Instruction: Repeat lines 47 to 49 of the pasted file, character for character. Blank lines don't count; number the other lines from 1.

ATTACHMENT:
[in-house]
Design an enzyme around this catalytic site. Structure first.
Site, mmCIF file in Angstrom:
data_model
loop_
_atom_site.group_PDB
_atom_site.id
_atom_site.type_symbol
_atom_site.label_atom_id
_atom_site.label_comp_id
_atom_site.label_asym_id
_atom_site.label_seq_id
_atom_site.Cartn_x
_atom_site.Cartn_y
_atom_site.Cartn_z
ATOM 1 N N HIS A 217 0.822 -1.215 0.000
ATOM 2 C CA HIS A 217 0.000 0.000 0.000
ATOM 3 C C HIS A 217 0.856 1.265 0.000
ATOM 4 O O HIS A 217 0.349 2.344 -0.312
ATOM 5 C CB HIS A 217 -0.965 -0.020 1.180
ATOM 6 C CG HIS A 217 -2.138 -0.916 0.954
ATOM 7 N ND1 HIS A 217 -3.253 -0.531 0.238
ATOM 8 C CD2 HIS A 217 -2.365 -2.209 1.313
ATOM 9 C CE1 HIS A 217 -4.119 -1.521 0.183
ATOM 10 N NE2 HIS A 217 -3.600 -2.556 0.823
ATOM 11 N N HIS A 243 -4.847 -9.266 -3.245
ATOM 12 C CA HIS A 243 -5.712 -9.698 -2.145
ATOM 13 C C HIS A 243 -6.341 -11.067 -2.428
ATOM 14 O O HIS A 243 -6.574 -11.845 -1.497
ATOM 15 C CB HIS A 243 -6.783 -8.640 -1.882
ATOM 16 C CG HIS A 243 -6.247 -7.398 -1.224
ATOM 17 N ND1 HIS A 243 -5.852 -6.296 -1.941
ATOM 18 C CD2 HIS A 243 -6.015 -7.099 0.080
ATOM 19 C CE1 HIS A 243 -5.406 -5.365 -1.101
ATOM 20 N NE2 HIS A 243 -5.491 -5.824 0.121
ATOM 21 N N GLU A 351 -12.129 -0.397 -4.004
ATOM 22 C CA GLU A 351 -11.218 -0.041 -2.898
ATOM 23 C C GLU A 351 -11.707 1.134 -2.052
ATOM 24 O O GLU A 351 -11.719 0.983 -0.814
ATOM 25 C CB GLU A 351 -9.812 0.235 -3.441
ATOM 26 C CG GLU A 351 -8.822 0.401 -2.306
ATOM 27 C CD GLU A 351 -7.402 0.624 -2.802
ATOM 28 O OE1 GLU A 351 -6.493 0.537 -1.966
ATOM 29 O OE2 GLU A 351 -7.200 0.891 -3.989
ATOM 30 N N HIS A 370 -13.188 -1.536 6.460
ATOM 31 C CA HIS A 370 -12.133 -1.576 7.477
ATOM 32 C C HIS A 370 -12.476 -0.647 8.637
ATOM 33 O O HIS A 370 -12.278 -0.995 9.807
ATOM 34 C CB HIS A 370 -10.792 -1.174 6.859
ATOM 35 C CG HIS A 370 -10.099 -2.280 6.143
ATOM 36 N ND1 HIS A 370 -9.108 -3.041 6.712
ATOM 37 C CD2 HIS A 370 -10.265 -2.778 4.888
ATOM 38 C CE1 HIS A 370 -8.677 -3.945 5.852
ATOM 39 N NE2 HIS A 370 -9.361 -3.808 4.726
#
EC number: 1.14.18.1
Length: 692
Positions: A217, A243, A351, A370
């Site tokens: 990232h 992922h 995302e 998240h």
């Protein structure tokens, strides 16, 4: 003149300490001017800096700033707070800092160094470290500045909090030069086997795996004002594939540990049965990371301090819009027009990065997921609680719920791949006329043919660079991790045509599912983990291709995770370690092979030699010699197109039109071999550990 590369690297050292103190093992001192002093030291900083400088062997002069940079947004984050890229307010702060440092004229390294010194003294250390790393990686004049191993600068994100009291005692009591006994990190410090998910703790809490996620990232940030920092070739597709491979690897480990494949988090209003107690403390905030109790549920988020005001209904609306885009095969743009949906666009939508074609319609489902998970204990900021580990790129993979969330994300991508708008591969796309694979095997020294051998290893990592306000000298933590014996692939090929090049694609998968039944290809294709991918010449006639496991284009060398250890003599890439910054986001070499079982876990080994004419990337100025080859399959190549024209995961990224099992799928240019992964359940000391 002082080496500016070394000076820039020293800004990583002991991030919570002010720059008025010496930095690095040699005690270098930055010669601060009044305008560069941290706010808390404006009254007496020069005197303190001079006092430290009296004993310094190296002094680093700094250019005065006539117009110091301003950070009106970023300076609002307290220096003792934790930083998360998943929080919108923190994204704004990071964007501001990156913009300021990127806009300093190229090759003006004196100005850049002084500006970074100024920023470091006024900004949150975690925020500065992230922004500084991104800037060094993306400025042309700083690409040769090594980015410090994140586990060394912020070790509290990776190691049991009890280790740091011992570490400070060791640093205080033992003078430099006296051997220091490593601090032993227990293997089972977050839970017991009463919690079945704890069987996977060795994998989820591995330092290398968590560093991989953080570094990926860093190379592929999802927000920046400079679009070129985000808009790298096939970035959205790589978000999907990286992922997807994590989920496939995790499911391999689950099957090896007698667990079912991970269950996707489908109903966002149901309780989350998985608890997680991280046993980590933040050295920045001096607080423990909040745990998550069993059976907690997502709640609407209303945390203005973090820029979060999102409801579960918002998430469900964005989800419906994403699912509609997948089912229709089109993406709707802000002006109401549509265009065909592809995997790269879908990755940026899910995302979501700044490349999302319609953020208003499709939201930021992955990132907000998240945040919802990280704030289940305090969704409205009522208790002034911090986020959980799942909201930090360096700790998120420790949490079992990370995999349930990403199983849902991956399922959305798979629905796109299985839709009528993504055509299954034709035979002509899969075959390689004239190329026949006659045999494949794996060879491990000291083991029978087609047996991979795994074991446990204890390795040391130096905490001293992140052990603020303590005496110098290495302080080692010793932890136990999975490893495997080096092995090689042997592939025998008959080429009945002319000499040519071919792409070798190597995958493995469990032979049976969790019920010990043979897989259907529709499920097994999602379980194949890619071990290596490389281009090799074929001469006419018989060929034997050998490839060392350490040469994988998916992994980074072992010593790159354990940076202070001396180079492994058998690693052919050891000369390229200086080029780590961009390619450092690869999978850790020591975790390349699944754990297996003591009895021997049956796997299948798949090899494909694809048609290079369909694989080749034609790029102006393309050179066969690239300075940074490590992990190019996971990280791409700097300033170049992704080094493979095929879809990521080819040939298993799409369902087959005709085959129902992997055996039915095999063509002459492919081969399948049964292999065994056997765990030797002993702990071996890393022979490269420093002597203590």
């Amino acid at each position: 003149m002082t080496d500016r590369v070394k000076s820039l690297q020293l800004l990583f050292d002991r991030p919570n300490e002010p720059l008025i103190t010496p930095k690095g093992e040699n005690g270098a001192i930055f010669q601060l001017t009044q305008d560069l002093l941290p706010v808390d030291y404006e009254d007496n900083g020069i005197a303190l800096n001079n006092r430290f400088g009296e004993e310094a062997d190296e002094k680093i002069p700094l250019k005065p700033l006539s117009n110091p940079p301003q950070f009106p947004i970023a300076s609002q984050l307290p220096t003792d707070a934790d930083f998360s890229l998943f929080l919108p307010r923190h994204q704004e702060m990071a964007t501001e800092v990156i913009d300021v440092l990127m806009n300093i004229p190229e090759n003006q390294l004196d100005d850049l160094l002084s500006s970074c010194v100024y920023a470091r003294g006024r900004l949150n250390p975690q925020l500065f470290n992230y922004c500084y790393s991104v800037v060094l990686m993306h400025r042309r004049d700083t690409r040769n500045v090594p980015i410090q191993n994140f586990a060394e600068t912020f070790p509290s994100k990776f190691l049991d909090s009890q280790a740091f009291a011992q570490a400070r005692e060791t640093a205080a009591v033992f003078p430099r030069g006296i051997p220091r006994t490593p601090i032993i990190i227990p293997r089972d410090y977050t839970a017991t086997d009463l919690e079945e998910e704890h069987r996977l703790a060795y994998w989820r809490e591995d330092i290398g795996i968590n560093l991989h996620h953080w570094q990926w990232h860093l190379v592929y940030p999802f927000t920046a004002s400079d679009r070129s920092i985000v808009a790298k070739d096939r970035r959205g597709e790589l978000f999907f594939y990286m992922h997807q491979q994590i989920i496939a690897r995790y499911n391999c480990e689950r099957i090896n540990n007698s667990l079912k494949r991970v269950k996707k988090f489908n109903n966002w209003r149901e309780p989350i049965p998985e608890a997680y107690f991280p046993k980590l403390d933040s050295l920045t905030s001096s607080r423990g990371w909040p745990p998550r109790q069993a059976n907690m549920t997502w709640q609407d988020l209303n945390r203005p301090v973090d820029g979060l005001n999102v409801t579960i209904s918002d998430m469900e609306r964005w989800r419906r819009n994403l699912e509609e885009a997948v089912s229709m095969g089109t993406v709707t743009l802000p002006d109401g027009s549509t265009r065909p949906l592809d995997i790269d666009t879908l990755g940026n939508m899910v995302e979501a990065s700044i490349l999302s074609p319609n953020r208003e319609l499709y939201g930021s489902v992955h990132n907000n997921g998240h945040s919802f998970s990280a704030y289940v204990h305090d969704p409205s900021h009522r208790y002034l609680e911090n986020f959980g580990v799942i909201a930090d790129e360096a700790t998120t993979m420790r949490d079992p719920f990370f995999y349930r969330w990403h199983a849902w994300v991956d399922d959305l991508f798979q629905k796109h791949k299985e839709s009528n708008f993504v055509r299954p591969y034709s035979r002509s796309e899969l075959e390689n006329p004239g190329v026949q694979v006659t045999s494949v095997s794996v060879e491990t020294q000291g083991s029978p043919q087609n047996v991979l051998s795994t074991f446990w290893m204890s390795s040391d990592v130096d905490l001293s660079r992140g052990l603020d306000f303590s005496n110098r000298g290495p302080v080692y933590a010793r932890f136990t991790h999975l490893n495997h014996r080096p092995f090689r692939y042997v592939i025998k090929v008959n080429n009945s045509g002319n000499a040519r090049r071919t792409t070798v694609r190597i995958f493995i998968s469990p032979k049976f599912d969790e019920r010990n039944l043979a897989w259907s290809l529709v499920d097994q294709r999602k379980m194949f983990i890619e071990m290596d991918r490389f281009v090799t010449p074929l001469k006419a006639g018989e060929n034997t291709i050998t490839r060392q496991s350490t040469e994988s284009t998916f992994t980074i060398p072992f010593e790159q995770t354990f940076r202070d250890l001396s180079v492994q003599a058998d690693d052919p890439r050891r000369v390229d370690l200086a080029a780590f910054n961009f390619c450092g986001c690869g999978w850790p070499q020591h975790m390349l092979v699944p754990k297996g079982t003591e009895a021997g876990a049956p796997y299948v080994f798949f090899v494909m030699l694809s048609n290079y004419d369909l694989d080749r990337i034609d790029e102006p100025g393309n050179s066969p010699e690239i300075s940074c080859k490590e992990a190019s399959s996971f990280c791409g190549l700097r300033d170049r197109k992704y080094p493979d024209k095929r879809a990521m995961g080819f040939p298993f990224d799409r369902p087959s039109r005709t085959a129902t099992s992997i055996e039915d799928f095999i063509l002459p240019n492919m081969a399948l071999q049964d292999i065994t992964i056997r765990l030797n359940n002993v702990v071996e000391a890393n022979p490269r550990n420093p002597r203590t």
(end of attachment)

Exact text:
ATOM 32 C C HIS A 370 -12.476 -0.647 8.637
ATOM 33 O O HIS A 370 -12.278 -0.995 9.807
ATOM 34 C CB HIS A 370 -10.792 -1.174 6.859